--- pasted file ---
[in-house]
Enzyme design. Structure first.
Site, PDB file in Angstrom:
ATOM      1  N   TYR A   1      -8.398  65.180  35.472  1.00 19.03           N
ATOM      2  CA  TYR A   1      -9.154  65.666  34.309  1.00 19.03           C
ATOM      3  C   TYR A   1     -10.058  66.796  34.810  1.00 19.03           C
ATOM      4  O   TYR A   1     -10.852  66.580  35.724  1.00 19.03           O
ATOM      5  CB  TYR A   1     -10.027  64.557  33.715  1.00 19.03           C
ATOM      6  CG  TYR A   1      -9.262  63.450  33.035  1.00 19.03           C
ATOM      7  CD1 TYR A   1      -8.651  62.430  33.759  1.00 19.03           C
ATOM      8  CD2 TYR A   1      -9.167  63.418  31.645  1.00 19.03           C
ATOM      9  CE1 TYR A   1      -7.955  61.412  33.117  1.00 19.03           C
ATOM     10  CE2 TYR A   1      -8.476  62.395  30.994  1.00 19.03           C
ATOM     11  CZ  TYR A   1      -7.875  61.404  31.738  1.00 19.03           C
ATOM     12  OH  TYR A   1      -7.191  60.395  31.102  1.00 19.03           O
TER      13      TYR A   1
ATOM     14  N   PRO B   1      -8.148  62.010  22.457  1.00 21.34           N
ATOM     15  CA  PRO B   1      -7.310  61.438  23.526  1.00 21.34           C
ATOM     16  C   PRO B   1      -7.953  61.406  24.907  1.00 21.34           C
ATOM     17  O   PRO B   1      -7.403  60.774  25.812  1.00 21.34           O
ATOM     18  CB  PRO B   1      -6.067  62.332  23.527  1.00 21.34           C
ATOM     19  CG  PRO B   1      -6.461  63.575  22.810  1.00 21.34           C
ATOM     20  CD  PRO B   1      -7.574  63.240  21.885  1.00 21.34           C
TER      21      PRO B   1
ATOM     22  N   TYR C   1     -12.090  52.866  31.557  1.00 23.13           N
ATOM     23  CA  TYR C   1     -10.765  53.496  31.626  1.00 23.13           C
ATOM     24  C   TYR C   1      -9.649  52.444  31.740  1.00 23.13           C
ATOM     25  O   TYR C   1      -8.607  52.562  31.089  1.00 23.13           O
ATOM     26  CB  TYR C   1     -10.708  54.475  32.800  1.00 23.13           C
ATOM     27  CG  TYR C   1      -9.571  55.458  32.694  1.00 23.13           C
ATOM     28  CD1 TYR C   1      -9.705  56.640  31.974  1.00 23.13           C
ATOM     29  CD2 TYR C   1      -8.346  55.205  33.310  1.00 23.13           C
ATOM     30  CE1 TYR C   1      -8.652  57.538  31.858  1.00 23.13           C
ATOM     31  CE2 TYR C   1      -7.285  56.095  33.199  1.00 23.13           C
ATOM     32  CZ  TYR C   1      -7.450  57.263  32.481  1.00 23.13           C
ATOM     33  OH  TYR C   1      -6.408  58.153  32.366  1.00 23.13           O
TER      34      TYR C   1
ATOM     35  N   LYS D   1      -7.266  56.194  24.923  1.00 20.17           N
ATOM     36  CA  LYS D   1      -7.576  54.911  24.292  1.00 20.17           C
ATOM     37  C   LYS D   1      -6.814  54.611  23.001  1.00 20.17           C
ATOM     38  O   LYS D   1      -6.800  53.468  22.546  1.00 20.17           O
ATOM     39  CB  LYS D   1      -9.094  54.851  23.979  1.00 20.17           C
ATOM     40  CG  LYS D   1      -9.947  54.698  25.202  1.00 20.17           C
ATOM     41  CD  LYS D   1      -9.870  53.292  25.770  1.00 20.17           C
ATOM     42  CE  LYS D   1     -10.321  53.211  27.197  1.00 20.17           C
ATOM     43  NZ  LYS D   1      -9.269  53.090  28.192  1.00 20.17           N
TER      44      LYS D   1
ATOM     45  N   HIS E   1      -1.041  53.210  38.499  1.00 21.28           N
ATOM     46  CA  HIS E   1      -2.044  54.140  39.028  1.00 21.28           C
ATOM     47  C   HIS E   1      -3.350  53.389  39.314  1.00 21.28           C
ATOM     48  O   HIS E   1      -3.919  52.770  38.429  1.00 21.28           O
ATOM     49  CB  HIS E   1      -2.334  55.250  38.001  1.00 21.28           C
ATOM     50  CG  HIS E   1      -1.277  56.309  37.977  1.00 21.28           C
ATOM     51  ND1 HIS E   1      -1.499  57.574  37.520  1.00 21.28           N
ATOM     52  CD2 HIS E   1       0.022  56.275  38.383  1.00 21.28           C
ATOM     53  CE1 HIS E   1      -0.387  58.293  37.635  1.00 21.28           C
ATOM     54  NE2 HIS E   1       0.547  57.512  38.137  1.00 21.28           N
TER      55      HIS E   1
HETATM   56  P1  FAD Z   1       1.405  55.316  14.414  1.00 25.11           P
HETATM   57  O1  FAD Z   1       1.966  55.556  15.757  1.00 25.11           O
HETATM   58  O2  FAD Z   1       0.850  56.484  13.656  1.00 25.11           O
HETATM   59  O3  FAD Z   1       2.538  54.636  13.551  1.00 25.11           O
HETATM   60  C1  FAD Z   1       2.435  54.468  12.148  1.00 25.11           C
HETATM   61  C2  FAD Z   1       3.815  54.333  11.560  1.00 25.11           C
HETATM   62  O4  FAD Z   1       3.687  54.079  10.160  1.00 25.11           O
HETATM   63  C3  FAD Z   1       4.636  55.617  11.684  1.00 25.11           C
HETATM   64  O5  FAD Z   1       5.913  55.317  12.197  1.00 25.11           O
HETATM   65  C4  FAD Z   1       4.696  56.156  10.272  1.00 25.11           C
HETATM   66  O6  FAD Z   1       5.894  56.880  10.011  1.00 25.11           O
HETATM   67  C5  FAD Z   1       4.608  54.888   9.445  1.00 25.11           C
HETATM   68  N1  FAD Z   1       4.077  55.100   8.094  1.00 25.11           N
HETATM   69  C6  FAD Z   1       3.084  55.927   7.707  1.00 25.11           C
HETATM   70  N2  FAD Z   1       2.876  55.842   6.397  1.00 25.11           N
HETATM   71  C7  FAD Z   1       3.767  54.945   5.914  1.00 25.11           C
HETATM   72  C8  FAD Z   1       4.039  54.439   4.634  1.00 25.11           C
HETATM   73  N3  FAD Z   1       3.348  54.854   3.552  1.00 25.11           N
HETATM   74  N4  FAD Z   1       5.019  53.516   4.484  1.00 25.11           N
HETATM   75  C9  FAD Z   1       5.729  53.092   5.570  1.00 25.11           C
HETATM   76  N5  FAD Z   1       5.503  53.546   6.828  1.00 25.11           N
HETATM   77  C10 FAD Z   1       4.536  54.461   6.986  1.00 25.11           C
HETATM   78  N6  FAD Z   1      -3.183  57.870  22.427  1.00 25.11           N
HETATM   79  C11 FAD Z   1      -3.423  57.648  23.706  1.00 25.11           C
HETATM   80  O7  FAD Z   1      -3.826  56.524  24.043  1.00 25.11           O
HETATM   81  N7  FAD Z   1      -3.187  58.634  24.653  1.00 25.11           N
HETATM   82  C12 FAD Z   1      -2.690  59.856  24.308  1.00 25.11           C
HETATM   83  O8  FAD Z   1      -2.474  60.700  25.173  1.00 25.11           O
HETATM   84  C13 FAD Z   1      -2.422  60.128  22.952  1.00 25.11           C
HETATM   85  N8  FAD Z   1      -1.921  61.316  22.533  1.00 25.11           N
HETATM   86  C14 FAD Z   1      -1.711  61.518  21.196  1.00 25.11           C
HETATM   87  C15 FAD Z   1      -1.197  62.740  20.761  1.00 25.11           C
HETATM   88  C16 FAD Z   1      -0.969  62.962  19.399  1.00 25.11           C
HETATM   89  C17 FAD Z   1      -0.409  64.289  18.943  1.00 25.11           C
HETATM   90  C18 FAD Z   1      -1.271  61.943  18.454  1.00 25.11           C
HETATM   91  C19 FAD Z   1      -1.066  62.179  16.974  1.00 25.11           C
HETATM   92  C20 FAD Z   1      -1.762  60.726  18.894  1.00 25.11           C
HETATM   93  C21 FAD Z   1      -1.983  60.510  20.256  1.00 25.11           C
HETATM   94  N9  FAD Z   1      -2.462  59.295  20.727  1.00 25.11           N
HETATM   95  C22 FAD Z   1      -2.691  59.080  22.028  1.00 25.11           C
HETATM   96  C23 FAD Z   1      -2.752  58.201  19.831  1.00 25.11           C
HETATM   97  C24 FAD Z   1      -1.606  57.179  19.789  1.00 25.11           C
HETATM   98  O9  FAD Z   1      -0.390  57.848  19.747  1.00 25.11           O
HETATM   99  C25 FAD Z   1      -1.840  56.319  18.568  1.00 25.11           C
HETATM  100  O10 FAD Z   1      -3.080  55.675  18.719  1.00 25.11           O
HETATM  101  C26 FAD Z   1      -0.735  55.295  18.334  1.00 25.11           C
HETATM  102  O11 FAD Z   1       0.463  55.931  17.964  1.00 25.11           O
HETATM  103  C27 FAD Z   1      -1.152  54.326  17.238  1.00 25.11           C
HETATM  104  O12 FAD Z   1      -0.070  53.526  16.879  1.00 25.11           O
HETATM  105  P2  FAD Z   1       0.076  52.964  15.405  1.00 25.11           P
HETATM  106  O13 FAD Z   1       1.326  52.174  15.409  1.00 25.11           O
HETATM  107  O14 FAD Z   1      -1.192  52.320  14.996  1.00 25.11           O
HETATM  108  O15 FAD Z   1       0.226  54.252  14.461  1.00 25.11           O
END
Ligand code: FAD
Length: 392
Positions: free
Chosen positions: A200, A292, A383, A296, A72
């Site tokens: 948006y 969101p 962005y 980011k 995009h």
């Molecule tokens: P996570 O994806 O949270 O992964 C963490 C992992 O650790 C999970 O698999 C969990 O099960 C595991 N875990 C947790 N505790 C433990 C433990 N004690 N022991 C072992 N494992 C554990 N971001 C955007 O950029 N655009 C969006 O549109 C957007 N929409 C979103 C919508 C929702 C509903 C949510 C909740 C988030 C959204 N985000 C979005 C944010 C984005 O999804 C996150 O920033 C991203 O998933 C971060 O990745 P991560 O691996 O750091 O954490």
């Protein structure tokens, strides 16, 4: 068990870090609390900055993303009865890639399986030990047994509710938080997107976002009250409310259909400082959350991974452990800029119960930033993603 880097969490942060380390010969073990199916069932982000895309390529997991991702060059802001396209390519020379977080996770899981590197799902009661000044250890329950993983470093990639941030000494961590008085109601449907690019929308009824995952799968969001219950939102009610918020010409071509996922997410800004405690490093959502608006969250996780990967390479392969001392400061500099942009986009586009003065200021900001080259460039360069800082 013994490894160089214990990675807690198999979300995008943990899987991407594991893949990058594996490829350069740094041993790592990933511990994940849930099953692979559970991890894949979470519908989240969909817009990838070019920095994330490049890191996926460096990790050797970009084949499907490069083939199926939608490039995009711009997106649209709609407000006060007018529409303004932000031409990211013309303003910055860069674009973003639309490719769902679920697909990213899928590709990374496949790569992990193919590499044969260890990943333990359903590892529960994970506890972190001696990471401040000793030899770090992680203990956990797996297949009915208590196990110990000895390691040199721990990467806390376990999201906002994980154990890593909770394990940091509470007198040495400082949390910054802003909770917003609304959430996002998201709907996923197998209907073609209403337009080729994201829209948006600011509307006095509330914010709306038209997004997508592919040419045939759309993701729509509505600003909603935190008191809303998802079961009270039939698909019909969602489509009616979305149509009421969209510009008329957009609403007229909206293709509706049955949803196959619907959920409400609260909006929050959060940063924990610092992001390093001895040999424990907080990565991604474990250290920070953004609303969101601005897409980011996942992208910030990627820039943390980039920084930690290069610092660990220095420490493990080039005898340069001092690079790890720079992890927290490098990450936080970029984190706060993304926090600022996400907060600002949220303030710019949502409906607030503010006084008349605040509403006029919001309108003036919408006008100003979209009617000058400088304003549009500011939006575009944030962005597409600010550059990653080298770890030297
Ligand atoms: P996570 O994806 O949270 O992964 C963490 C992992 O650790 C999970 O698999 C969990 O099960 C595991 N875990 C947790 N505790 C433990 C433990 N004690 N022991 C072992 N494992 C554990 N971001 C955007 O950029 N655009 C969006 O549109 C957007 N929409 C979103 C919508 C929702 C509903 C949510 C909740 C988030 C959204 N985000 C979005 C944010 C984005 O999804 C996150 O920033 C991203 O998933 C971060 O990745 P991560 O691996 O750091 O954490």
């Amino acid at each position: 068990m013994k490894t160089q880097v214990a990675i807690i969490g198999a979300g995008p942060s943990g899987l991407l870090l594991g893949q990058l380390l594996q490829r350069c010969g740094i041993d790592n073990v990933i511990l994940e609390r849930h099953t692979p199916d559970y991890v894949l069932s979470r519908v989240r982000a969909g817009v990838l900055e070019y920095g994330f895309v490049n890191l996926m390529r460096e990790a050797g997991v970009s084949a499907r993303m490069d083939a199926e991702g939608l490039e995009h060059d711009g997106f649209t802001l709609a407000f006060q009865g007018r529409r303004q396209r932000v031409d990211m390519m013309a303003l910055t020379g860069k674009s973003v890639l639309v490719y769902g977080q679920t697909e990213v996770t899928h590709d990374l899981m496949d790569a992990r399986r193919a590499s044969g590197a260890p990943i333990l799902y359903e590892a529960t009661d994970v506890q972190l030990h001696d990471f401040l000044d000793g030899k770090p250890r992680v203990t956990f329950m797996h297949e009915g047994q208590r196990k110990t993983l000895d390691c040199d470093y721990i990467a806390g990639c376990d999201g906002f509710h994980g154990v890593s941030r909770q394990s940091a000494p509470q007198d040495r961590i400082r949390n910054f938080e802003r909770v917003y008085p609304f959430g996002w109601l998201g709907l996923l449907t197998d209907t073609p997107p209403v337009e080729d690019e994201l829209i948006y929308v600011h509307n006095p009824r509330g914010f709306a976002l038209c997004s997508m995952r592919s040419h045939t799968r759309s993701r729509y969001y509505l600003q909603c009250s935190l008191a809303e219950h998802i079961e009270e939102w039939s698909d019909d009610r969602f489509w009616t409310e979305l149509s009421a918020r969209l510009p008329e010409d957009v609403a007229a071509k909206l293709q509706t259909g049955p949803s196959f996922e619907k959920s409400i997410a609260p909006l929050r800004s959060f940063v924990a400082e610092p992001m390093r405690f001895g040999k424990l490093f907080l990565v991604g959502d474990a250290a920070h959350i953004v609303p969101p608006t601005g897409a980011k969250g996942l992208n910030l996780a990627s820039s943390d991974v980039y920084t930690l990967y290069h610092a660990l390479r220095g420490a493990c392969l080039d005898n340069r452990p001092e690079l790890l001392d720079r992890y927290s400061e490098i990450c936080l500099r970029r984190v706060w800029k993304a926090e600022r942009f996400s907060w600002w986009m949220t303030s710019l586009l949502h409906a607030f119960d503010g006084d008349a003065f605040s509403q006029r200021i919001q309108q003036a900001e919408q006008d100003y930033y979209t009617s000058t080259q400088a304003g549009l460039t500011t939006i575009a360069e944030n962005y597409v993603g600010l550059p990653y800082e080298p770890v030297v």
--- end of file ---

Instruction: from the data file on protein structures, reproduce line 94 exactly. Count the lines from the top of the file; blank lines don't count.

HETATM   91  C19 FAD Z   1      -1.066  62.179  16.974  1.00 25.11           C